When We Go One, We Go All

Laila Phelia, third-year guard on the University of Michigan Women’s Basketball Team, has been surrounded by basketball all her life. Phelia grew up in Cincinnati, Ohio with two older brothers who played growing up, and a father who played at Northern Kentucky University. In the sixth grade, Phelia started her own career in basketball on an AAU club team, and the rest was history. Phelia sat down with Sack the Stigma to discuss how she practices mental wellness while staying engaged in collegiate basketball. 

Brooke Woodrum, Sack the Stigma: How has your experience been with the Michigan Women’s Basketball Team?

Laila Phelia: It’s been great, especially with growing on and off the court and playing under Coach Arico, who has helped me a lot with player development. I love the coaching staff here, each and every one of them takes the time to build into us. It’s amazing to get to play basketball while also getting a Michigan Education. As a communications major, I always try to learn all that I can and use my resources. 

STS: What strategies do you use to mentally prepare for practices & games? How do these strategies translate to other parts of your life?

Phelia: My biggest thing is coming into practices and games relaxed, which starts the night before. I always make sure I’m hydrating, and I also like to read which really calms me down and takes my mind to a different place. Going into a game day, I usually take my pre-game nap before our shootaround so after our pre-game meal I’m locked in and getting shots up. I always try to stay calm, and when gametime comes, I work to get everyone hyped up and ready. It really translates to my experience in school. I’ve learned that getting up early in the morning is important for getting my school work done, especially if I have an exam to prepare for, since basketball takes up my whole afternoon.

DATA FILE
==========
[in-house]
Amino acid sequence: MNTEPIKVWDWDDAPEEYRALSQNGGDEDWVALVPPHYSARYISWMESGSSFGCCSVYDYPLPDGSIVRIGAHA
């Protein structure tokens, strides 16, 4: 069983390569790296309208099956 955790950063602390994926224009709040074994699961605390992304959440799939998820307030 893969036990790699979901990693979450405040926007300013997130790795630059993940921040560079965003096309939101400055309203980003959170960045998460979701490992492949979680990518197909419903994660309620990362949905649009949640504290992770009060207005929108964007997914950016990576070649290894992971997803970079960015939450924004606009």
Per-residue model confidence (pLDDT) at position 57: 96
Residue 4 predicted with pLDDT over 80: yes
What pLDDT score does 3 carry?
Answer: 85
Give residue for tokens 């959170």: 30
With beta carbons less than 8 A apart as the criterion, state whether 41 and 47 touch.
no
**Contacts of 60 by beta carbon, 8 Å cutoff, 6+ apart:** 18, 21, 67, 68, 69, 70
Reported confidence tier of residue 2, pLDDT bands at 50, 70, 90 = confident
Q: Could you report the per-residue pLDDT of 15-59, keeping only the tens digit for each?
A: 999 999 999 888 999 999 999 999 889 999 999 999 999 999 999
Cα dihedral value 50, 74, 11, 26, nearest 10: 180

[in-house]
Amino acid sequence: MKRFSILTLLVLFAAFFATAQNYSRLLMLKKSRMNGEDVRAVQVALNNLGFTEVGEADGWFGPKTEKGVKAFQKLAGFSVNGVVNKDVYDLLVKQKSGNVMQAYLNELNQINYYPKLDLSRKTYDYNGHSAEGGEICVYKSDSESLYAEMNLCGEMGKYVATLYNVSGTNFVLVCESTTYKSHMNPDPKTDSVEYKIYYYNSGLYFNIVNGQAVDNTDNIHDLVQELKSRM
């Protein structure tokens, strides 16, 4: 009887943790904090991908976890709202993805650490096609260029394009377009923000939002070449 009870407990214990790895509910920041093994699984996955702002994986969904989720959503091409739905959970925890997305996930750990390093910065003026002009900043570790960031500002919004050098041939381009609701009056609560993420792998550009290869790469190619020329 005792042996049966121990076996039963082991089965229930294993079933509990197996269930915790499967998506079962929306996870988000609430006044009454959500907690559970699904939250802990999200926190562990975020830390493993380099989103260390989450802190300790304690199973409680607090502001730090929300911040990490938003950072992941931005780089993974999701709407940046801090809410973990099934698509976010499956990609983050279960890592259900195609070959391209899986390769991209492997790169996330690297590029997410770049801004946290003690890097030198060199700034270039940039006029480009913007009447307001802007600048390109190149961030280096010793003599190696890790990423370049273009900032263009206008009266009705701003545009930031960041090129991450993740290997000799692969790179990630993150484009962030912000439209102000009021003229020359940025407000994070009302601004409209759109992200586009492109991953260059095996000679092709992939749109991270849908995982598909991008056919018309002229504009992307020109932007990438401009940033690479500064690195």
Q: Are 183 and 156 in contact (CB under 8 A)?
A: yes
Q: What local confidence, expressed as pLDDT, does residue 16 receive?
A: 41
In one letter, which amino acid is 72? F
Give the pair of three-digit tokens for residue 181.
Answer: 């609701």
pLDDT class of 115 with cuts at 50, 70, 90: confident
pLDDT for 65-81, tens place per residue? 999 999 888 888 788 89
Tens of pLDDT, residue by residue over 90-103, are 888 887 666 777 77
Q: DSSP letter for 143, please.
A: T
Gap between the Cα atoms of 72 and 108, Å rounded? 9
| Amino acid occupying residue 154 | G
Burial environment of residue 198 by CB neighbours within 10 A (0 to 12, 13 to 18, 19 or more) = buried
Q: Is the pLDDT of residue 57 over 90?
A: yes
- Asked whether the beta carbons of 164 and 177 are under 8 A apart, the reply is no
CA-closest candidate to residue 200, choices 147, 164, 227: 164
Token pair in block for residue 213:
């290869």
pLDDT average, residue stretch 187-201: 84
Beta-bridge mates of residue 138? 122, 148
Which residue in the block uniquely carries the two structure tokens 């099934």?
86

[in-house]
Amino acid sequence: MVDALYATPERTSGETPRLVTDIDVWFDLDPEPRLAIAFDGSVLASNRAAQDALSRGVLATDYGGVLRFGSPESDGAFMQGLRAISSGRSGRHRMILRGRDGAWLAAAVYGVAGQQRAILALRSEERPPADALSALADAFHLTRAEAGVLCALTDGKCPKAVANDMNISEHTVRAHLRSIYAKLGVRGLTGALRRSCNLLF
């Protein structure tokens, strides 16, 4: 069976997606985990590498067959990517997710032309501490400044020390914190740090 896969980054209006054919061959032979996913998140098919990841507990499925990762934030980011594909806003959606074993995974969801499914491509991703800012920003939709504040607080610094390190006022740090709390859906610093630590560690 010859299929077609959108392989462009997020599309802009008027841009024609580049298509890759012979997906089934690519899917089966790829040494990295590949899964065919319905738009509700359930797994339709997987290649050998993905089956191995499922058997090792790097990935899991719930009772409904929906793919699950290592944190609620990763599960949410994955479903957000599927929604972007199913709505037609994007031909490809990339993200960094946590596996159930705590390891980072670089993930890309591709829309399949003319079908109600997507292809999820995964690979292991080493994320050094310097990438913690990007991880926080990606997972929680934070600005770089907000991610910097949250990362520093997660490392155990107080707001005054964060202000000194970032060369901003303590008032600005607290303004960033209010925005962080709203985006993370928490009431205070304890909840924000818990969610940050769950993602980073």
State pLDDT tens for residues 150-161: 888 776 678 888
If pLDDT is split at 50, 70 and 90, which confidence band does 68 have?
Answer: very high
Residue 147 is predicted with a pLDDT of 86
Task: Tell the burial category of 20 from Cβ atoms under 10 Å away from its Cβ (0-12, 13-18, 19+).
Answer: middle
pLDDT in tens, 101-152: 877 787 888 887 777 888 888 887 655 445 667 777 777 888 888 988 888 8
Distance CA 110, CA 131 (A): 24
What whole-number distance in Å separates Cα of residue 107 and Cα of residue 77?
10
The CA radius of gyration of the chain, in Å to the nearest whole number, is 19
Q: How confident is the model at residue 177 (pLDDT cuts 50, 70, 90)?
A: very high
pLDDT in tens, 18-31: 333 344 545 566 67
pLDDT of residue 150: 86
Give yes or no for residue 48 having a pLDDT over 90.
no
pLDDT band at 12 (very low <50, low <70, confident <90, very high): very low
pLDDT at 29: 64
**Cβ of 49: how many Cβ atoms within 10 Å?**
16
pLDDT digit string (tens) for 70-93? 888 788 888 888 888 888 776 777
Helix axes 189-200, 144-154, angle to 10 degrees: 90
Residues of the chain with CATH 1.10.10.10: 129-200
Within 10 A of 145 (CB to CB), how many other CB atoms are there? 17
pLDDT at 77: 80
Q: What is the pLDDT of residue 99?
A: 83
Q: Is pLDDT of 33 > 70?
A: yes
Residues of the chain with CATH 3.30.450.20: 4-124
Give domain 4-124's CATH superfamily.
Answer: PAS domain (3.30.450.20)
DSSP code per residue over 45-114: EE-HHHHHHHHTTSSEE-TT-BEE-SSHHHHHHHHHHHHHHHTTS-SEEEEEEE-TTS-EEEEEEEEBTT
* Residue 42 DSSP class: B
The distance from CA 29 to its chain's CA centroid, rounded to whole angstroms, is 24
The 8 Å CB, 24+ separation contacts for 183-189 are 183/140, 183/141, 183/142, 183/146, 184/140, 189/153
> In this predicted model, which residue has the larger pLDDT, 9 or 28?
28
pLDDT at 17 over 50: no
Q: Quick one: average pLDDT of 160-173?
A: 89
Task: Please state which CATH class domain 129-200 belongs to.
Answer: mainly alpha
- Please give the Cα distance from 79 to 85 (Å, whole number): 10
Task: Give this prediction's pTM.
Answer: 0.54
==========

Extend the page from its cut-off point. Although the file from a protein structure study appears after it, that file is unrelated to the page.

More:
STS: How does stress affect your performance on the court? What do you do to relieve stress?

Phelia: Stress definitely affects me on the court. If I have a stressful week studying for exams or something, it affects me in a way where I’m not able to focus and I feel like I don’t enjoy basketball. Anytime I do feel stressed, I try to catch it on the front end so I can relax. I like to watch Kobe Bryant’s motivational videos, I’ll read motivational quotes, and I also like to talk to my family a lot just to remember that basketball is an outlet. Basketball is an exercise, it’s a workout, so I don’t want it to overlap with my personal stress. Whenever I do get stressed out, basketball can feel overwhelming, so it’s important to catch it early so I can calm myself down. 

STS: On the court, it’s important to be mentally focused so you can ensure you’re performing at the top of your game without distractions, but how does this apply to the whole team? How does team mental focus and a positive team atmosphere impact your performance?

Phelia: Whenever things get stressful on the court or we aren’t clicking how we should be, the team does a really good job of getting together outside of the gym. Sometimes we get together at someone’s apartment or have a movie night just to remember that we’re all in this together and to enjoy each other’s company. The biggest thing for us is getting to know each other and being able to talk to each other outside of basketball about other things. We also are able to come together on the court, as well. Whenever the team makes a run, we have faith in all the work we have put in. 

STS: This past season, the team’s roster has changed significantly with transfers and freshman signings. How do roster transitions impact the mentality of the team?